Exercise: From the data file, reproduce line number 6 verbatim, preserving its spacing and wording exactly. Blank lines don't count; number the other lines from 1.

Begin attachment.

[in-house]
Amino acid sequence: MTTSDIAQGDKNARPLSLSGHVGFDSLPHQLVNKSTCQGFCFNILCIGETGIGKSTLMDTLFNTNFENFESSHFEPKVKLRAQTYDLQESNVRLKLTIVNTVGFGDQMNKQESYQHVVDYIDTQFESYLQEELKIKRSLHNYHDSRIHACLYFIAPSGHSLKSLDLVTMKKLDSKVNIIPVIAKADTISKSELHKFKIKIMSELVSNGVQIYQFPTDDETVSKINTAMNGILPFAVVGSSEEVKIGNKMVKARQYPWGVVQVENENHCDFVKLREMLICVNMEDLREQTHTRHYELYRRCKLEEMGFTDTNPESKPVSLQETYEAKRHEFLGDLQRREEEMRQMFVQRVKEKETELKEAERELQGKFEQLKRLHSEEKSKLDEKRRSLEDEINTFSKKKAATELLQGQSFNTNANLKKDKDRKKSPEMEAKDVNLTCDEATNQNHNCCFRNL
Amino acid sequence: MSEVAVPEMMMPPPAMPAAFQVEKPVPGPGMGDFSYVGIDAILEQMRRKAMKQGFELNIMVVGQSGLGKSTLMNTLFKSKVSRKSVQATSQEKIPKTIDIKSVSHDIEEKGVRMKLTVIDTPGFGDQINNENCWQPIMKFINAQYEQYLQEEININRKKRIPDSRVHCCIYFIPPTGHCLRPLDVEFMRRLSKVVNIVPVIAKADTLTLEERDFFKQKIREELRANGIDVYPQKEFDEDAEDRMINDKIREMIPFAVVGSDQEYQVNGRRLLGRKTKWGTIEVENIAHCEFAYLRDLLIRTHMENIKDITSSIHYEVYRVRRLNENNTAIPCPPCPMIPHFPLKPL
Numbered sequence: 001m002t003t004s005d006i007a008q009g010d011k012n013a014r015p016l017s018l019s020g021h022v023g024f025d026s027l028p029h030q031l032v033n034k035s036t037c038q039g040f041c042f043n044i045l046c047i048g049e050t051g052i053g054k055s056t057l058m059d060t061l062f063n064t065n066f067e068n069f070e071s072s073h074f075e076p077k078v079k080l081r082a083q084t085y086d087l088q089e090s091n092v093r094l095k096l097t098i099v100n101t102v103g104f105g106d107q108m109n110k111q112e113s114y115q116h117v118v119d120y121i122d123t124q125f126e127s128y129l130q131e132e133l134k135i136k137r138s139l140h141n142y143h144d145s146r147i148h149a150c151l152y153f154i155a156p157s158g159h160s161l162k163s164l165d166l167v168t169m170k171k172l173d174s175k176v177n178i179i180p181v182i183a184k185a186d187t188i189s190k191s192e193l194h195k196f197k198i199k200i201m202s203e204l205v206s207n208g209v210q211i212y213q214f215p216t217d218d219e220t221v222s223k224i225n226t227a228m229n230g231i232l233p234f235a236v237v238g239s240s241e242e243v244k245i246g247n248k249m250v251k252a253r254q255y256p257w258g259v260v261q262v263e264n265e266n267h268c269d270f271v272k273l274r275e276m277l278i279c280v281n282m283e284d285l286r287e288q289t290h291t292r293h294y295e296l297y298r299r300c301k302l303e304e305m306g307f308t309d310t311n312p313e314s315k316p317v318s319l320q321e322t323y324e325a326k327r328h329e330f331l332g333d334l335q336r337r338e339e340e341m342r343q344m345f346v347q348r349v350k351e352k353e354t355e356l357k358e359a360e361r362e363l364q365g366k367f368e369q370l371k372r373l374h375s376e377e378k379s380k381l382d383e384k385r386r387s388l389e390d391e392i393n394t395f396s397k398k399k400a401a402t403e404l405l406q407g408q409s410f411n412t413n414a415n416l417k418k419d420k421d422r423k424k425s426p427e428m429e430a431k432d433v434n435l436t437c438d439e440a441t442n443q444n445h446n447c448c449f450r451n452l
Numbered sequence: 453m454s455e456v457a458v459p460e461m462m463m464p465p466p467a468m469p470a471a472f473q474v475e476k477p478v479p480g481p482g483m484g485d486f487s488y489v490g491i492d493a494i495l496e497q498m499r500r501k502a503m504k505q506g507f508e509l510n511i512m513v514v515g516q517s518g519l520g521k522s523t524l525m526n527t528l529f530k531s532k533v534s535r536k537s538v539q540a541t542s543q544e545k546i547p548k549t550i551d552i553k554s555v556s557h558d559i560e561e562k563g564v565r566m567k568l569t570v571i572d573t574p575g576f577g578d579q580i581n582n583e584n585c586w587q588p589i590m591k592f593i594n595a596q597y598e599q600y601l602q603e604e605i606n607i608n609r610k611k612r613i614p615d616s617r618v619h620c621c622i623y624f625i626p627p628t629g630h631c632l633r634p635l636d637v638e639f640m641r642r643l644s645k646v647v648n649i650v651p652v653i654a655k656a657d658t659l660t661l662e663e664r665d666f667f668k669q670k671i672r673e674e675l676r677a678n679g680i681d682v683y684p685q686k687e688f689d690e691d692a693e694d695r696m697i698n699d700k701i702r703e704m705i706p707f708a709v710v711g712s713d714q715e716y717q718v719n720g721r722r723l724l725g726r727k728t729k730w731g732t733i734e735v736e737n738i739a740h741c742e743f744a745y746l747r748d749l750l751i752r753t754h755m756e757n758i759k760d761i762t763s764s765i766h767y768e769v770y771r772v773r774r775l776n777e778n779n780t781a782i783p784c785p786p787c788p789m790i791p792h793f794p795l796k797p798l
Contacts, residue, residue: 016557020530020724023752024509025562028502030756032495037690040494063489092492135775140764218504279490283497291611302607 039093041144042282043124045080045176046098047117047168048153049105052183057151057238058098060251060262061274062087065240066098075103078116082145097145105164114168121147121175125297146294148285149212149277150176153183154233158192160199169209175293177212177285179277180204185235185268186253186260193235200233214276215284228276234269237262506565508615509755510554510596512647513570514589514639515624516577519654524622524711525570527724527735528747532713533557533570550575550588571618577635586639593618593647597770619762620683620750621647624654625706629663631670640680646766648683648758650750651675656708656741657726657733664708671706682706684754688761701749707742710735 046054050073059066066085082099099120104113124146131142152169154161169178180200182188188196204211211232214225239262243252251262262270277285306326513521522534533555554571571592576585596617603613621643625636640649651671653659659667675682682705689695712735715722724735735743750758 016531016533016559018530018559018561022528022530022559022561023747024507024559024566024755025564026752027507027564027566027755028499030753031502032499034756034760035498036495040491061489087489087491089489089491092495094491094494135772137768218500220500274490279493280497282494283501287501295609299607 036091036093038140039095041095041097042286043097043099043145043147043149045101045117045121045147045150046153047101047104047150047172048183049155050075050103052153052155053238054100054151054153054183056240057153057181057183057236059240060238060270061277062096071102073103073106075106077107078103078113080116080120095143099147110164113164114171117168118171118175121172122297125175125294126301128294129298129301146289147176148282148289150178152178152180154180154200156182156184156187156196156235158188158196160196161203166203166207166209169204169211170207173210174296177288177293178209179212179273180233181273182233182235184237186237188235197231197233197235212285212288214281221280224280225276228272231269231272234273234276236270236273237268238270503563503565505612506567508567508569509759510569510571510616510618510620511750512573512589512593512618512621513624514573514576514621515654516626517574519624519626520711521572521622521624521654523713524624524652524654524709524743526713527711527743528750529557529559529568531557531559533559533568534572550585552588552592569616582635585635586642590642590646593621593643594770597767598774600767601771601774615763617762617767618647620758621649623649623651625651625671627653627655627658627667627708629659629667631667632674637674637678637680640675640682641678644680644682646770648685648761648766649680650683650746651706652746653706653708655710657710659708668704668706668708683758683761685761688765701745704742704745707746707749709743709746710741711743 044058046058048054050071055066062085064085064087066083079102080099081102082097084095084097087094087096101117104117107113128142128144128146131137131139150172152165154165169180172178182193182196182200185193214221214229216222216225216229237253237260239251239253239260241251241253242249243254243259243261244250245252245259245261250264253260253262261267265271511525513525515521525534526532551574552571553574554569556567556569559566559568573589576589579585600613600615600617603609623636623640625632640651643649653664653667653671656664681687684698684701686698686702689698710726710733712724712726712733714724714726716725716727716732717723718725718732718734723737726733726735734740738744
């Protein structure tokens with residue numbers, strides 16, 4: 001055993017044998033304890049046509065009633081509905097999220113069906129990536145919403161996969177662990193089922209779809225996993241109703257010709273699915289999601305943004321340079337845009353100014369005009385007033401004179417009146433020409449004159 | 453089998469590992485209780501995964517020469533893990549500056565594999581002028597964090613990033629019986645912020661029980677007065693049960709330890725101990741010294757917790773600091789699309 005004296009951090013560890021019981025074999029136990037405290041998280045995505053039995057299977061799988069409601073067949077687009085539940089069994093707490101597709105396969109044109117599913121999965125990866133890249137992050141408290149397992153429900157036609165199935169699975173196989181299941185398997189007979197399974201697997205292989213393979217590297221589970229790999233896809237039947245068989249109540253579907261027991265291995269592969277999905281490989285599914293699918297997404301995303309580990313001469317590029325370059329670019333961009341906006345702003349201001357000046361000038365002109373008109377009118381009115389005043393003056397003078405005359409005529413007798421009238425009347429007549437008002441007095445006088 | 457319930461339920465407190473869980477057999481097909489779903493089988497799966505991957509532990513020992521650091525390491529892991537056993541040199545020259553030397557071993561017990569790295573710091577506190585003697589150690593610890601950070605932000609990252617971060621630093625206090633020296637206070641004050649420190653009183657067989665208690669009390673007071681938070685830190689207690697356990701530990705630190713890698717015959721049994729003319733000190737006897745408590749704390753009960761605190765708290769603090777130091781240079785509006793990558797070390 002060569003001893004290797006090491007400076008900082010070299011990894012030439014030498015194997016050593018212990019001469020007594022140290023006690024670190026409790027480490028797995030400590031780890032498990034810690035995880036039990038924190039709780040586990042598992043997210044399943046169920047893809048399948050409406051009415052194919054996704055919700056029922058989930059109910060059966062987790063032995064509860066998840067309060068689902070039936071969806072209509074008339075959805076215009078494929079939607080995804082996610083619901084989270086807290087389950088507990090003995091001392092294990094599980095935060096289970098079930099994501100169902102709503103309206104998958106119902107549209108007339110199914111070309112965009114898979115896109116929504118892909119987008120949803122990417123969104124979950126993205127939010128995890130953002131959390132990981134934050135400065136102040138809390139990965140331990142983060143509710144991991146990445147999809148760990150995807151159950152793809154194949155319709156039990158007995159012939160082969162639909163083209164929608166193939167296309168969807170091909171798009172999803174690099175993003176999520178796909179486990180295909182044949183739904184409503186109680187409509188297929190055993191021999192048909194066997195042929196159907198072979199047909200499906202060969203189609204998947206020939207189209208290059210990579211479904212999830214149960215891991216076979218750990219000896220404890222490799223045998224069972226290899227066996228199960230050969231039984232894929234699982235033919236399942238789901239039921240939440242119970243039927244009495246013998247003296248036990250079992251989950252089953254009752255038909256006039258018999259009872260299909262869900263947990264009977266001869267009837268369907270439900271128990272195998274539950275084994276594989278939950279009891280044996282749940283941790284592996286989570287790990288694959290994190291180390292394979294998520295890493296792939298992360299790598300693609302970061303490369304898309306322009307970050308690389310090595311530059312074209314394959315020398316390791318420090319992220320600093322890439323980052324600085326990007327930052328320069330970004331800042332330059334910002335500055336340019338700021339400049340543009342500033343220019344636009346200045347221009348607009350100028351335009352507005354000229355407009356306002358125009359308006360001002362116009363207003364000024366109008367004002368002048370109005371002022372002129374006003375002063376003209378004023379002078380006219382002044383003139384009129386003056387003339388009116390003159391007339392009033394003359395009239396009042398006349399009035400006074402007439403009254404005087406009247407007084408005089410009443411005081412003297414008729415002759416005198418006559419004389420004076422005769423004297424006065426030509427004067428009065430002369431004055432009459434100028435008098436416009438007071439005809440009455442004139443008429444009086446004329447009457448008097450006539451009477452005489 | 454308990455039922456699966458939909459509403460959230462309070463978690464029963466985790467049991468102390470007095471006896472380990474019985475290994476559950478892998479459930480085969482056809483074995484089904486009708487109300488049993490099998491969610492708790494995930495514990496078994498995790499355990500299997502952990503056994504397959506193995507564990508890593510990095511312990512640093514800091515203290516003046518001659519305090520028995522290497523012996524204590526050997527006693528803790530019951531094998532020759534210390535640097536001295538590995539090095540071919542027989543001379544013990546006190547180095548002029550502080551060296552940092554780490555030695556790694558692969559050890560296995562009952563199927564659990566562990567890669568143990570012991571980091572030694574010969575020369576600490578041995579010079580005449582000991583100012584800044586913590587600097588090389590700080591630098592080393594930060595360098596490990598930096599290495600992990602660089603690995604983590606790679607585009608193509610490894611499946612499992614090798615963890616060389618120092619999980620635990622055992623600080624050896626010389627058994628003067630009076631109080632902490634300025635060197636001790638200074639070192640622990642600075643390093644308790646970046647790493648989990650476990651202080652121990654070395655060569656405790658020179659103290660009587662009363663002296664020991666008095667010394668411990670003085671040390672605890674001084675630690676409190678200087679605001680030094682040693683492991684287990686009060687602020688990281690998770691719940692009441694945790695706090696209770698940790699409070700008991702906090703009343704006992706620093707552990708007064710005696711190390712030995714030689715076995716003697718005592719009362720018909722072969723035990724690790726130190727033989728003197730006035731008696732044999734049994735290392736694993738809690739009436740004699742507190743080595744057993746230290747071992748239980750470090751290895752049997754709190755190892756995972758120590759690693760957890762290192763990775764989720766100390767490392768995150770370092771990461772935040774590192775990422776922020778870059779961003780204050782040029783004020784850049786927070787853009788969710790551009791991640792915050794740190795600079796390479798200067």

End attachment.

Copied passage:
Contacts, residue, residue: 016557020530020724023752024509025562028502030756032495037690040494063489092492135775140764218504279490283497291611302607 039093041144042282043124045080045176046098047117047168048153049105052183057151057238058098060251060262061274062087065240066098075103078116082145097145105164114168121147121175125297146294148285149212149277150176153183154233158192160199169209175293177212177285179277180204185235185268186253186260193235200233214276215284228276234269237262506565508615509755510554510596512647513570514589514639515624516577519654524622524711525570527724527735528747532713533557533570550575550588571618577635586639593618593647597770619762620683620750621647624654625706629663631670640680646766648683648758650750651675656708656741657726657733664708671706682706684754688761701749707742710735 046054050073059066066085082099099120104113124146131142152169154161169178180200182188188196204211211232214225239262243252251262262270277285306326513521522534533555554571571592576585596617603613621643625636640649651671653659659667675682682705689695712735715722724735735743750758 016531016533016559018530018559018561022528022530022559022561023747024507024559024566024755025564026752027507027564027566027755028499030753031502032499034756034760035498036495040491061489087489087491089489089491092495094491094494135772137768218500220500274490279493280497282494283501287501295609299607 036091036093038140039095041095041097042286043097043099043145043147043149045101045117045121045147045150046153047101047104047150047172048183049155050075050103052153052155053238054100054151054153054183056240057153057181057183057236059240060238060270061277062096071102073103073106075106077107078103078113080116080120095143099147110164113164114171117168118171118175121172122297125175125294126301128294129298129301146289147176148282148289150178152178152180154180154200156182156184156187156196156235158188158196160196161203166203166207166209169204169211170207173210174296177288177293178209179212179273180233181273182233182235184237186237188235197231197233197235212285212288214281221280224280225276228272231269231272234273234276236270236273237268238270503563503565505612506567508567508569509759510569510571510616510618510620511750512573512589512593512618512621513624514573514576514621515654516626517574519624519626520711521572521622521624521654523713524624524652524654524709524743526713527711527743528750529557529559529568531557531559533559533568534572550585552588552592569616582635585635586642590642590646593621593643594770597767598774600767601771601774615763617762617767618647620758621649623649623651625651625671627653627655627658627667627708629659629667631667632674637674637678637680640675640682641678644680644682646770648685648761648766649680650683650746651706652746653706653708655710657710659708668704668706668708683758683761685761688765701745704742704745707746707749709743709746710741711743 044058046058048054050071055066062085064085064087066083079102080099081102082097084095084097087094087096101117104117107113128142128144128146131137131139150172152165154165169180172178182193182196182200185193214221214229216222216225216229237253237260239251239253239260241251241253242249243254243259243261244250245252245259245261250264253260253262261267265271511525513525515521525534526532551574552571553574554569556567556569559566559568573589576589579585600613600615600617603609623636623640625632640651643649653664653667653671656664681687684698684701686698686702689698710726710733712724712726712733714724714726716725716727716732717723718725718732718734723737726733726735734740738744